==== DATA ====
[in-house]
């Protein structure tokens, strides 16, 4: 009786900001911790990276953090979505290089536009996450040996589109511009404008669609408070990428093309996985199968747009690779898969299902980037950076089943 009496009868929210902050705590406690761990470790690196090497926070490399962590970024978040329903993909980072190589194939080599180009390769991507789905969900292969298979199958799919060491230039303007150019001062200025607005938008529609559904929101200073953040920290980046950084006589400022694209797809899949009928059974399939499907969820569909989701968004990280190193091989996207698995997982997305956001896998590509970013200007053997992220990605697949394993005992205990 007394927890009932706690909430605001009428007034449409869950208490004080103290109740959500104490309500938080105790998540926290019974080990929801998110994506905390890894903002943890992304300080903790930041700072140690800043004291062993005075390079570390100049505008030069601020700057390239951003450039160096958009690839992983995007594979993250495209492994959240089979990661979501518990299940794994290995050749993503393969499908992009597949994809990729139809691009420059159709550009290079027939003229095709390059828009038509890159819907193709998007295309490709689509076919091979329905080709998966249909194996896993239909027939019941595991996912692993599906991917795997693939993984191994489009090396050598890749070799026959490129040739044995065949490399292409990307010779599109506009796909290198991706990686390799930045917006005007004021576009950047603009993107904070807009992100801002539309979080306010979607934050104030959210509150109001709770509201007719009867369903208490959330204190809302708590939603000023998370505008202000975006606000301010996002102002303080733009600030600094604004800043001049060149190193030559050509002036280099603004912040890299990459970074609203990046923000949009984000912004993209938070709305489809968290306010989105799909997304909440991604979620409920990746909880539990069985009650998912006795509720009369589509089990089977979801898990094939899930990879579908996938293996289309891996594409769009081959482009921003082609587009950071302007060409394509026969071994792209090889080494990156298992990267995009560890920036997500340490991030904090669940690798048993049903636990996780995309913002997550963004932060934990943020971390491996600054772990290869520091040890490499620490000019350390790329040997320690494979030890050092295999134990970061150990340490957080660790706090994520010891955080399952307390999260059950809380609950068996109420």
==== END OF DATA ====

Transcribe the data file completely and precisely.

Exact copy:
[in-house]
């Protein structure tokens, strides 16, 4: 009786900001911790990276953090979505290089536009996450040996589109511009404008669609408070990428093309996985199968747009690779898969299902980037950076089943 009496009868929210902050705590406690761990470790690196090497926070490399962590970024978040329903993909980072190589194939080599180009390769991507789905969900292969298979199958799919060491230039303007150019001062200025607005938008529609559904929101200073953040920290980046950084006589400022694209797809899949009928059974399939499907969820569909989701968004990280190193091989996207698995997982997305956001896998590509970013200007053997992220990605697949394993005992205990 007394927890009932706690909430605001009428007034449409869950208490004080103290109740959500104490309500938080105790998540926290019974080990929801998110994506905390890894903002943890992304300080903790930041700072140690800043004291062993005075390079570390100049505008030069601020700057390239951003450039160096958009690839992983995007594979993250495209492994959240089979990661979501518990299940794994290995050749993503393969499908992009597949994809990729139809691009420059159709550009290079027939003229095709390059828009038509890159819907193709998007295309490709689509076919091979329905080709998966249909194996896993239909027939019941595991996912692993599906991917795997693939993984191994489009090396050598890749070799026959490129040739044995065949490399292409990307010779599109506009796909290198991706990686390799930045917006005007004021576009950047603009993107904070807009992100801002539309979080306010979607934050104030959210509150109001709770509201007719009867369903208490959330204190809302708590939603000023998370505008202000975006606000301010996002102002303080733009600030600094604004800043001049060149190193030559050509002036280099603004912040890299990459970074609203990046923000949009984000912004993209938070709305489809968290306010989105799909997304909440991604979620409920990746909880539990069985009650998912006795509720009369589509089990089977979801898990094939899930990879579908996938293996289309891996594409769009081959482009921003082609587009950071302007060409394509026969071994792209090889080494990156298992990267995009560890920036997500340490991030904090669940690798048993049903636990996780995309913002997550963004932060934990943020971390491996600054772990290869520091040890490499620490000019350390790329040997320690494979030890050092295999134990970061150990340490957080660790706090994520010891955080399952307390999260059950809380609950068996109420």